Create columns on the page to make the lines easier to read and shorter. Adding vertical lines to the layout helps with alignment. Furthermore, the order of the information will be more easily recognizable on your poster.

The text

Limit the amount of text you use. Many posters are cluttered with too much text. Keep it simple and eliminate any information that is not necessary. Keep the typeface consistent. Avoid writing in paragraphs by using bullet points.

You want to make sure that you don’t use anything too fancy in your fonts, rather keep it simple. Use italics or bold for those parts that you would like to draw attention to.

Poster Template Example from Mind the Graph’s Gallery

Headings should be written in sans-serif font. A few metres away, they should be big enough to make it easy to spot keywords.

Serif fonts are easier to read when printed, and should therefore be used for body text. Using too many fonts or sizes will look unprofessional, so please be careful.

Make the most of white space. In scientific posters, there is a tendency to fill the space with as much information as possible. As a result, onlookers are likely to pass by a confusing and difficult-to-read poster.

By using white space effectively, the poster will be easy to read. Through it, the focus will move from one aspect to another, logically. Readers will be given a sense of related information as well. Here’s a guide to help you choose the right font type and size.


Illustrations should be large enough for the viewer to see them from at least one metre away. In order to make complex texts easier to understand for even novice readers, illustrations should clarify complex text. Instead of tables, graphs are usually a better choice.

For the steps you used, you can also create a diagram, which will simplify text. Use 20 percent text, 40 percent illustrations, and 40 percent white space for your layout.

Poster Template Example from Mind the Graph’s Gallery

Keep your illustrations simple and straightforward. Once again, use the correct dimensions and clear printing, so it looks good on your poster. In addition, make sure that every one stands out clearly.

You can grab attention from a distance by using an eye-catching image that’s a decent size. Each figure must be titled and explained in a prominent place on the poster (so it is clear which figure you are discussing).  For tips on how to create an outstanding scientific illustration, please visit this article on scientific illustrations.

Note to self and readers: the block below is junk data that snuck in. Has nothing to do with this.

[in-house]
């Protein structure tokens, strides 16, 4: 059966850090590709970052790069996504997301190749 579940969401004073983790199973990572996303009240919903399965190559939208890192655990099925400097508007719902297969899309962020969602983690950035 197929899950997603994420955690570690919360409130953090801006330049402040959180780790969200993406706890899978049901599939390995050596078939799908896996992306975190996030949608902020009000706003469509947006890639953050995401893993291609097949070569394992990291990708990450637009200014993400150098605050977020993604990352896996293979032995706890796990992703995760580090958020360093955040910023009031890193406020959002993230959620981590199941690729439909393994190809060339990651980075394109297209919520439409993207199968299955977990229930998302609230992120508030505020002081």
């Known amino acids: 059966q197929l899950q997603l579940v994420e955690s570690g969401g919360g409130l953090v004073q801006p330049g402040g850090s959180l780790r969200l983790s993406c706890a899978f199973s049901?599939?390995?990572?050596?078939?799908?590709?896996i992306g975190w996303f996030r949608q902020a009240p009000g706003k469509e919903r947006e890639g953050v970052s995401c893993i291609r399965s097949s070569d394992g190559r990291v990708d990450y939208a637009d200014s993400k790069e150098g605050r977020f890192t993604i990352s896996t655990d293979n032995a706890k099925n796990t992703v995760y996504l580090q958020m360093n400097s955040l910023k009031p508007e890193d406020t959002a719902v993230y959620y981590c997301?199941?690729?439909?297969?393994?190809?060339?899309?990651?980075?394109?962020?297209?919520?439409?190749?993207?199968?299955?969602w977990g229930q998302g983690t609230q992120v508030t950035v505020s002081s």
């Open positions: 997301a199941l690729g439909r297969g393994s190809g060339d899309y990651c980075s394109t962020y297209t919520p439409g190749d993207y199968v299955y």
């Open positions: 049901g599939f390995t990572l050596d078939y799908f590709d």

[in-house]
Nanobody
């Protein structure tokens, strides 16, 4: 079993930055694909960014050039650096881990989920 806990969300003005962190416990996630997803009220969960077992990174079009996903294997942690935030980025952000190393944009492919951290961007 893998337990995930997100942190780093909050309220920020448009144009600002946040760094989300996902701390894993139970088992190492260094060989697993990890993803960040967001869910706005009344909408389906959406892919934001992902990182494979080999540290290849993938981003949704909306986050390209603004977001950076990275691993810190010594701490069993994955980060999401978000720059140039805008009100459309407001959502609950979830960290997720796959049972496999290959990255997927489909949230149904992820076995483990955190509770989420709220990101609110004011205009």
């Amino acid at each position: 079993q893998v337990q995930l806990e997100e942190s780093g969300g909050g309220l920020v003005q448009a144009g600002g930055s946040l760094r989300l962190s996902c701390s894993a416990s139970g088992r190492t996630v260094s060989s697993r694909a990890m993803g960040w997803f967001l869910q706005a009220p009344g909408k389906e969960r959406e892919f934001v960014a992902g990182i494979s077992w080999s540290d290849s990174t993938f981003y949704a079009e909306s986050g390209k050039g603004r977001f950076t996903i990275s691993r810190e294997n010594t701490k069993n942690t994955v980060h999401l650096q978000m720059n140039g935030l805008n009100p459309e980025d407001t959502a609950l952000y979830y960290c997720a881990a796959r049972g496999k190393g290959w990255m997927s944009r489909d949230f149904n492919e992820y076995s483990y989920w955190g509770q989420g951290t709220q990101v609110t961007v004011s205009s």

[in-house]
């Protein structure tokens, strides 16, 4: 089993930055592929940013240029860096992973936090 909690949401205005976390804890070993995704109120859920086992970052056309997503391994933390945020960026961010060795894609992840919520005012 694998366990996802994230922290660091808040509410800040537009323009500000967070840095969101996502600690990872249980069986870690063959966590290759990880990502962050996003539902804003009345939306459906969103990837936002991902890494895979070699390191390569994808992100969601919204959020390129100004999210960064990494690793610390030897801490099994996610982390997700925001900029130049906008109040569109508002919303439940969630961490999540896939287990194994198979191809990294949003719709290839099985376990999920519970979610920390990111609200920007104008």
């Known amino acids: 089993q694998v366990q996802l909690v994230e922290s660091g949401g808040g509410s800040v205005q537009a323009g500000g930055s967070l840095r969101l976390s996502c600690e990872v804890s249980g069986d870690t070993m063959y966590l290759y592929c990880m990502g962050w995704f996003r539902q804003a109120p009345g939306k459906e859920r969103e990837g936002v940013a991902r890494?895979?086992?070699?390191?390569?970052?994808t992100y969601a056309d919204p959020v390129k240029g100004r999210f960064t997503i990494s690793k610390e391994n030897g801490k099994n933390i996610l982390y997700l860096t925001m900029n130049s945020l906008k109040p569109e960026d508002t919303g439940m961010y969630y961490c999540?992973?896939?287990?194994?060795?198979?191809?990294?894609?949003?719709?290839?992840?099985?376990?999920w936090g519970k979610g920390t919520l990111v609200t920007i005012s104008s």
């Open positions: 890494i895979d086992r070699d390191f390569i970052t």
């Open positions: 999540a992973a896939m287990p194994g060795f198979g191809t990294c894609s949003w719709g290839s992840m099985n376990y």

An outline of your poster

  • If you want to entice people from a distance, you need to create an engaging title. It’s got to be easy to read 3-4 m away!
  • Getting your audience interested starts with a strong introduction. Make sure to be succinct, but remember to explain the research’s purpose. Do not bury your concluding remarks and key figures at the bottom of your document. Make your key findings stand out and put them at the top of the page. Make sure the font color in this section is light, and the background is dark.
  • Include all data, experimental design, materials, and analytical methods you used in your study. Whenever possible, use graphs and pictures.
  • The most entries are in the Results section. Design the poster to focus on your figures. Make sure your graphs have labels to make it easier for your audience to understand them.
  • Summarize your takeaway message here. What conclusions did you draw? Did you find your hypothesis to be valid? Consider the larger picture; how does the result fit into the bigger picture?

Please read this article on how to make a research poster that is specifically related to the topic if you would like to learn more. Keep an eye out for important points.

Last but not least

A trial print can be done before making a final one. A4 copies should always be printed before a real poster is printed. If a poster features images on one side and text on the other, it’s not effective, since the reader is overwhelmed with too much text.